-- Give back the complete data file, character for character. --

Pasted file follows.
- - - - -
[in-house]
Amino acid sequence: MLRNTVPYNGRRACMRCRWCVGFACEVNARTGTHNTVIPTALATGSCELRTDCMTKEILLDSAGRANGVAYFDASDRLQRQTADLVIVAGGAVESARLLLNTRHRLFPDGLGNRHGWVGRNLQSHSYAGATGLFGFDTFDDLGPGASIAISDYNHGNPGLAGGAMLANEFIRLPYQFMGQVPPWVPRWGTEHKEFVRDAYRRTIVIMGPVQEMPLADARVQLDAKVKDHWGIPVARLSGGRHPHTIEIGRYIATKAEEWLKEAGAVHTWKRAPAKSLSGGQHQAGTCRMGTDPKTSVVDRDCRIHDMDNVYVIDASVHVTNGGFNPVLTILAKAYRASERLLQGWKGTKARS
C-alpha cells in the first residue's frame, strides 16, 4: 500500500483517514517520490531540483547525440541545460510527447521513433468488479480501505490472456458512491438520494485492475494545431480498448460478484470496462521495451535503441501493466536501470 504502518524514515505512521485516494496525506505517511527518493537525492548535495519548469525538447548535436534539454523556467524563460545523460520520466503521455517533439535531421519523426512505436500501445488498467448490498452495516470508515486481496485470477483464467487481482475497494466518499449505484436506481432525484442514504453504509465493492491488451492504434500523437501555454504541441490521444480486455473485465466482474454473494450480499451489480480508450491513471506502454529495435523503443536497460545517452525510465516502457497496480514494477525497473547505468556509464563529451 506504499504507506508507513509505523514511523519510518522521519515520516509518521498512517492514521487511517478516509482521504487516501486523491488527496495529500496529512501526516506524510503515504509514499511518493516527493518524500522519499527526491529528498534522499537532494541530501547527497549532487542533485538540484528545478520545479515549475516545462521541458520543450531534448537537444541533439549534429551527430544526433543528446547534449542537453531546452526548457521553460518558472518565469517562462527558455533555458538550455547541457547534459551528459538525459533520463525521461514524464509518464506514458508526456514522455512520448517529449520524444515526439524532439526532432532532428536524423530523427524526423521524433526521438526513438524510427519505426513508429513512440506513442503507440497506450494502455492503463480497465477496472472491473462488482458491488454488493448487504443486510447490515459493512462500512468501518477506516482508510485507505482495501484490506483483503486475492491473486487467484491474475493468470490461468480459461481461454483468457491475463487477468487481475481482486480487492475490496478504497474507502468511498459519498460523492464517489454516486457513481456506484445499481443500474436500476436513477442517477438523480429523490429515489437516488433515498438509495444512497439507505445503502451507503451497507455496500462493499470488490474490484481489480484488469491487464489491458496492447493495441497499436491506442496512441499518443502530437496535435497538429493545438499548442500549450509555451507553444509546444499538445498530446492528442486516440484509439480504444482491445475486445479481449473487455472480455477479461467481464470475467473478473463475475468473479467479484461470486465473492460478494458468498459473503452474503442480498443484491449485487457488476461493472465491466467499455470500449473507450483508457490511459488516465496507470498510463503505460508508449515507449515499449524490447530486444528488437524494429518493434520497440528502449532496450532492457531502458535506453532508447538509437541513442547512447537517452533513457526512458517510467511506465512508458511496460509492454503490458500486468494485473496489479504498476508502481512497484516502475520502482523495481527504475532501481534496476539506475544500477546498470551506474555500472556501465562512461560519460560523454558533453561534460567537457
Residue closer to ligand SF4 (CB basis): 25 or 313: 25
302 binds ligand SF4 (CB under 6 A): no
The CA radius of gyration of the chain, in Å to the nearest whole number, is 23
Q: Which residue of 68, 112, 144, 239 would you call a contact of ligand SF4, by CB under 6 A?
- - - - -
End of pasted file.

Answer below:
[in-house]
Amino acid sequence: MLRNTVPYNGRRACMRCRWCVGFACEVNARTGTHNTVIPTALATGSCELRTDCMTKEILLDSAGRANGVAYFDASDRLQRQTADLVIVAGGAVESARLLLNTRHRLFPDGLGNRHGWVGRNLQSHSYAGATGLFGFDTFDDLGPGASIAISDYNHGNPGLAGGAMLANEFIRLPYQFMGQVPPWVPRWGTEHKEFVRDAYRRTIVIMGPVQEMPLADARVQLDAKVKDHWGIPVARLSGGRHPHTIEIGRYIATKAEEWLKEAGAVHTWKRAPAKSLSGGQHQAGTCRMGTDPKTSVVDRDCRIHDMDNVYVIDASVHVTNGGFNPVLTILAKAYRASERLLQGWKGTKARS
C-alpha cells in the first residue's frame, strides 16, 4: 500500500483517514517520490531540483547525440541545460510527447521513433468488479480501505490472456458512491438520494485492475494545431480498448460478484470496462521495451535503441501493466536501470 504502518524514515505512521485516494496525506505517511527518493537525492548535495519548469525538447548535436534539454523556467524563460545523460520520466503521455517533439535531421519523426512505436500501445488498467448490498452495516470508515486481496485470477483464467487481482475497494466518499449505484436506481432525484442514504453504509465493492491488451492504434500523437501555454504541441490521444480486455473485465466482474454473494450480499451489480480508450491513471506502454529495435523503443536497460545517452525510465516502457497496480514494477525497473547505468556509464563529451 506504499504507506508507513509505523514511523519510518522521519515520516509518521498512517492514521487511517478516509482521504487516501486523491488527496495529500496529512501526516506524510503515504509514499511518493516527493518524500522519499527526491529528498534522499537532494541530501547527497549532487542533485538540484528545478520545479515549475516545462521541458520543450531534448537537444541533439549534429551527430544526433543528446547534449542537453531546452526548457521553460518558472518565469517562462527558455533555458538550455547541457547534459551528459538525459533520463525521461514524464509518464506514458508526456514522455512520448517529449520524444515526439524532439526532432532532428536524423530523427524526423521524433526521438526513438524510427519505426513508429513512440506513442503507440497506450494502455492503463480497465477496472472491473462488482458491488454488493448487504443486510447490515459493512462500512468501518477506516482508510485507505482495501484490506483483503486475492491473486487467484491474475493468470490461468480459461481461454483468457491475463487477468487481475481482486480487492475490496478504497474507502468511498459519498460523492464517489454516486457513481456506484445499481443500474436500476436513477442517477438523480429523490429515489437516488433515498438509495444512497439507505445503502451507503451497507455496500462493499470488490474490484481489480484488469491487464489491458496492447493495441497499436491506442496512441499518443502530437496535435497538429493545438499548442500549450509555451507553444509546444499538445498530446492528442486516440484509439480504444482491445475486445479481449473487455472480455477479461467481464470475467473478473463475475468473479467479484461470486465473492460478494458468498459473503452474503442480498443484491449485487457488476461493472465491466467499455470500449473507450483508457490511459488516465496507470498510463503505460508508449515507449515499449524490447530486444528488437524494429518493434520497440528502449532496450532492457531502458535506453532508447538509437541513442547512447537517452533513457526512458517510467511506465512508458511496460509492454503490458500486468494485473496489479504498476508502481512497484516502475520502482523495481527504475532501481534496476539506475544500477546498470551506474555500472556501465562512461560519460560523454558533453561534460567537457
Residue closer to ligand SF4 (CB basis): 25 or 313: 25
302 binds ligand SF4 (CB under 6 A): no
The CA radius of gyration of the chain, in Å to the nearest whole number, is 23
Q: Which residue of 68, 112, 144, 239 would you call a contact of ligand SF4, by CB under 6 A?